Inside UJA: Meet UJA's New Head of Community Security
In conversation with former Durham Deputy Police Chief Chris Fernandes
On June 28, UJA welcomed former Durham Deputy Police Chief Chris Fernandes as our new Vice President, Community Security. Chris brings a wealth of law enforcement experience from a three-decade career that took him from patrolling the streets of Scarborough, to Toronto’s elite SWAT squad, to leading more than a thousand police and civilians as a senior officer in Durham Regional Police. Chris sat down with UJA’s Brendan Steven for an interview about Chris’ extraordinary career and what he has learned about leadership, security, and working with communities to meet their unique needs.
Let’s start from the top. What led you to law enforcement in the first place?
Growing up in Scarborough, I had an interest in policing as early as eighth grade. I was always fascinated when I saw police cars. It was a calling that never left me.
Where were you first stationed after training?
I started in Scarborough, in the cars. They call it the Primary Response Unit. I was a patrol officer, responding to calls from the community. I dealt with just about anything you can imagine—domestic incidents, neighbour disputes, trespassing, things like that.
What did your transition to leadership look like?
I was reassigned to the Street Crime Unit as a detective constable. Our mandate was investigating gangs and street crime in Scarborough. From there I went to Toronto’s Emergency Task Force—SWAT, essentially—where my leadership progression really started. I spent eight years there with my last three years as a commander, running a tactical team. I participated in approximately 500 critical incident calls during those eight years.
“Critical incident call,” what’s that?
Situations involving weapons, hostages, bomb threats—any time a patrol officer feels the situation has reached a threshold where they need a special unit to come in.
What was it like to be part of an elite unit?
The tactical team is highly disciplined. You’re constantly working out and training, always at the top of your game. I always wanted to get there during my career. It taught me how to make critical decisions in crisis situations with calmness, logic, and objectivity, making everyone safer.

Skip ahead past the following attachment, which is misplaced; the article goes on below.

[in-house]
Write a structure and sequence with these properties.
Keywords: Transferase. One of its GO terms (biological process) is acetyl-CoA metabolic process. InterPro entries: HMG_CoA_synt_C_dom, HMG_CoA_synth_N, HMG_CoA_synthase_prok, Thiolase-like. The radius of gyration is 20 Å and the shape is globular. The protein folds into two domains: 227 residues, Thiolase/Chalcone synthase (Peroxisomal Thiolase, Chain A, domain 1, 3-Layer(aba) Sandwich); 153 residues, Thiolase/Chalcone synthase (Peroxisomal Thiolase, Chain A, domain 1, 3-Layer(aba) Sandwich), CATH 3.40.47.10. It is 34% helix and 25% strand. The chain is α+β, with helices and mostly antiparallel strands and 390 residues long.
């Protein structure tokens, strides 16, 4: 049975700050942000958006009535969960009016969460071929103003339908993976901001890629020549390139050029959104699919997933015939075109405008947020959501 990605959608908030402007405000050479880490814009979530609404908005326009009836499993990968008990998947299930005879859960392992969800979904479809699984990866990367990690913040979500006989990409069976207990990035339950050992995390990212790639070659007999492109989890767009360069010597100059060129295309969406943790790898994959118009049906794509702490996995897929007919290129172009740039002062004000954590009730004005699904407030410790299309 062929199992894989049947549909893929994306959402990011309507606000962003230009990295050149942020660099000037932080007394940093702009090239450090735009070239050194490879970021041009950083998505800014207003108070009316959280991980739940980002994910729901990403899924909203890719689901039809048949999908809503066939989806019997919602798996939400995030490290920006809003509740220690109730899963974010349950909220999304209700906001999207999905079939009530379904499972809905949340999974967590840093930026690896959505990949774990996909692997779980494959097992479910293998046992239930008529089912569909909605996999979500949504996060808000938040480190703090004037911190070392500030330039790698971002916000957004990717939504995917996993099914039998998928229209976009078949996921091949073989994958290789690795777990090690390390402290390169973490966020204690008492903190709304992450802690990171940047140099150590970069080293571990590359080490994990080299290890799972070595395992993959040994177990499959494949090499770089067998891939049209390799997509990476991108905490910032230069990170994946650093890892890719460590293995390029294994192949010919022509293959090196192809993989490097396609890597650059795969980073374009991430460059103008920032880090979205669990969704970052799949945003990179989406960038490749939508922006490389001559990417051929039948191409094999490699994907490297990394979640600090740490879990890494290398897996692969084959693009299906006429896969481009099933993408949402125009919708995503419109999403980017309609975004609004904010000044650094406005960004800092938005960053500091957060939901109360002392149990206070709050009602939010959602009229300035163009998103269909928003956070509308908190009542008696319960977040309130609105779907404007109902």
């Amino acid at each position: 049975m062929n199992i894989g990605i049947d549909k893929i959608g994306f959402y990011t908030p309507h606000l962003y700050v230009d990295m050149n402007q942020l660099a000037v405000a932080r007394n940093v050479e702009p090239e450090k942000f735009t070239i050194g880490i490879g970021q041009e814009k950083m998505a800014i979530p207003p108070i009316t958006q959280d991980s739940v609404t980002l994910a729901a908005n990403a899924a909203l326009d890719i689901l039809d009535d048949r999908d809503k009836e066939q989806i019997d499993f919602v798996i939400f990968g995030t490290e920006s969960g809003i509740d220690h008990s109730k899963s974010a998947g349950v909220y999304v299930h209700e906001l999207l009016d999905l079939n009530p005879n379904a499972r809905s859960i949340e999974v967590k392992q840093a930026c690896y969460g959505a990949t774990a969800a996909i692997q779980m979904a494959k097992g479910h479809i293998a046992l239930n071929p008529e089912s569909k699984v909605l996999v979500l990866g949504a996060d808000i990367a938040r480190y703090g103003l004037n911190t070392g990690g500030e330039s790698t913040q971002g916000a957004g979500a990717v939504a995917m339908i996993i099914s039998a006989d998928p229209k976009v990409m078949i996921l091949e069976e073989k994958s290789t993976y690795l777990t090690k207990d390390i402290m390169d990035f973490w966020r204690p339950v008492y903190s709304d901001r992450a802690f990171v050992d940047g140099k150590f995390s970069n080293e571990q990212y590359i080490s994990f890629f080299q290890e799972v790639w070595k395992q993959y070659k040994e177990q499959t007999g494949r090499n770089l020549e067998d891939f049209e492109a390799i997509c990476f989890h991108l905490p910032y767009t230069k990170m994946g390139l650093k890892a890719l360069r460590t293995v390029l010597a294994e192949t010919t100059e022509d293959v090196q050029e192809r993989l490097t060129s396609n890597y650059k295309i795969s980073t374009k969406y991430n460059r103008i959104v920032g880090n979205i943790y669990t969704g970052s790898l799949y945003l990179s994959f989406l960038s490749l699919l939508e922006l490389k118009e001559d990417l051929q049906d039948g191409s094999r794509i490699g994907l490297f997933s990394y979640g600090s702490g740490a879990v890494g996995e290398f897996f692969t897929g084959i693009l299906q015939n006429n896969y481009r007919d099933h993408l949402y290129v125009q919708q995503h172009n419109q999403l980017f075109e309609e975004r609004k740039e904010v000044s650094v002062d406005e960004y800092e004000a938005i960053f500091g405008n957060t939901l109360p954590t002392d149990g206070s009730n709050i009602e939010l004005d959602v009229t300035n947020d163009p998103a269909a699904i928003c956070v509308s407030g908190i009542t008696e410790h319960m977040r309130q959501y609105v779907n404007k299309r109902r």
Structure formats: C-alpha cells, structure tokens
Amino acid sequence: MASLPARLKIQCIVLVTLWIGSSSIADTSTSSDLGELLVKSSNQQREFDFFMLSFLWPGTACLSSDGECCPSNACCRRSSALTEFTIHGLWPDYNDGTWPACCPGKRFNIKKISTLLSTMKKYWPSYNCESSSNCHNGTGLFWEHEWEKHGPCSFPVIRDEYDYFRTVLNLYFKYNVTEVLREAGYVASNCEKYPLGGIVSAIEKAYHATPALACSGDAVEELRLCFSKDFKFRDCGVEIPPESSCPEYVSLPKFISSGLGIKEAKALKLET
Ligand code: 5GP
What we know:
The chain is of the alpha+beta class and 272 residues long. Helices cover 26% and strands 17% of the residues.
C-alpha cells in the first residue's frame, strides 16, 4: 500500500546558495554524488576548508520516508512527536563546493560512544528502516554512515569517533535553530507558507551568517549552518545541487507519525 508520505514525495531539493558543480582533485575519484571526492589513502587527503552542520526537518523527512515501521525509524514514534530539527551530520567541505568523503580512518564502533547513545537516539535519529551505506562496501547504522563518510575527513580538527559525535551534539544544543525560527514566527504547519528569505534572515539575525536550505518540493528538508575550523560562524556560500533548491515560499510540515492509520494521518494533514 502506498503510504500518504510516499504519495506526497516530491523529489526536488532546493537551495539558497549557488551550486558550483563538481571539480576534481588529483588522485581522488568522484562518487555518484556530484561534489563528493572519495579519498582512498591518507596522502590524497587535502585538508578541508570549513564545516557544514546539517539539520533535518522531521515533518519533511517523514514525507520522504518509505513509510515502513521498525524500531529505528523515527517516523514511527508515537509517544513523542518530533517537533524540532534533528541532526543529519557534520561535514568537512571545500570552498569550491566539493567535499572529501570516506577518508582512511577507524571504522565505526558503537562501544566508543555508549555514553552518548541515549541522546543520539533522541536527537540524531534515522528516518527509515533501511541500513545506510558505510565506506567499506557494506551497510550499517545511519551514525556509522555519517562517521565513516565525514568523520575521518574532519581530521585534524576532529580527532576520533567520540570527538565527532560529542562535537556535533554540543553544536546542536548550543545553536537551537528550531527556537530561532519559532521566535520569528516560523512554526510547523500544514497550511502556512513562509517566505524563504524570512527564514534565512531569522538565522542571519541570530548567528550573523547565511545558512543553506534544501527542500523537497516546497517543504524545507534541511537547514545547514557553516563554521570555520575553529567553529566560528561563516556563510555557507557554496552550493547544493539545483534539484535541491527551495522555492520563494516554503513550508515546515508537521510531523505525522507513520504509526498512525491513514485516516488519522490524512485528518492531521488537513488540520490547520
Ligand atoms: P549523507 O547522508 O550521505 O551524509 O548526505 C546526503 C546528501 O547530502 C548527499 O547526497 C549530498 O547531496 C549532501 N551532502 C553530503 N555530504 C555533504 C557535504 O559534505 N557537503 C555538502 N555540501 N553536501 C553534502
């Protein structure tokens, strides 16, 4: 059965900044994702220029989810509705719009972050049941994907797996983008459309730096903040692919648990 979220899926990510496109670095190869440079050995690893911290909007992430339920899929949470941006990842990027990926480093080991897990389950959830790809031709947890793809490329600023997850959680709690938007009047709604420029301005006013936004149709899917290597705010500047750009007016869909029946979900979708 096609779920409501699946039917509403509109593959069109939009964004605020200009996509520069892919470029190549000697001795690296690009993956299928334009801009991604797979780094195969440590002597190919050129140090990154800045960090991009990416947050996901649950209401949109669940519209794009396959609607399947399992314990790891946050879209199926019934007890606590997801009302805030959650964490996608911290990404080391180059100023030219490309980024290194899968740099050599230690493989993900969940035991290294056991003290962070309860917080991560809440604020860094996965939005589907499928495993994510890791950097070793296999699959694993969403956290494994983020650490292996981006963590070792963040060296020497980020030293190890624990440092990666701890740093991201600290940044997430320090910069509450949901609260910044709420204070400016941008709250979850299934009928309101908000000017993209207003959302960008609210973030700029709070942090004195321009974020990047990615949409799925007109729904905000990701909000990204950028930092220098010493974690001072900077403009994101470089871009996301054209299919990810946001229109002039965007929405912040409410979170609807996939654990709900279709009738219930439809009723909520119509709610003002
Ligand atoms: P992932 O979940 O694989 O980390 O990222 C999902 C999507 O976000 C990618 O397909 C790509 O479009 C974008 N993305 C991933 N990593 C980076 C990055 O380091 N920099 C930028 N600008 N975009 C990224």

When you entered a leadership position, you took on wide-ranging roles within the Toronto Police Service. What happened after you left the Emergency Task Force?
I was promoted to staff sergeant and spent most of my time in downtown Toronto working in a unit charged with community partnerships and outreach. That meant leading and managing hundreds of demonstrations, special events, and overseeing security for the Toronto Entertainment District back in the early 2000s. In the heyday of the Entertainment District, these were quite the event on summer Saturdays.
I can only imagine!
In a small area with 80 to 90 bars, that could be more than 50,000 people to manage on a regular Friday or Saturday night.
Throughout your career, what were some of the most important lessons you learned about keeping people safe? What are you most proud of, looking back?
Right up there is the importance of partnering with the local community. For instance, when I ran the Toronto Anti-Violence Intervention Strategy Unit, that involved working with the most at-risk communities for gun violence to understand what they needed from us. I was blessed to have the career that I did. I learned that you can't police in a silo. You need those strategic partnerships to be effective.
In all that time, did you ever work with the Jewish community?
Yes! The police in Toronto have a wonderful relationship with the Jewish community. It was, and is, a great partnership: the Jewish community is very fond of the police, and officers love working with the community.
As you take on this role with UJA, what most excites you about the opportunity?
My passion is serving the community, keeping people safe, and ensuring their well-being. This was a great opportunity to do that—something I love doing, and have been successful at for many years. It’s something I believe I’m best suited for.
To learn more about UJA Community Security and the work of Chris’ team to keep our community safe, visit www.jewishtoronto.com/community-security.
Brendan Steven serves as UJA’s Chief Writer.
Chris Fernandes serves as UJA’s Vice President, UJA Community Security.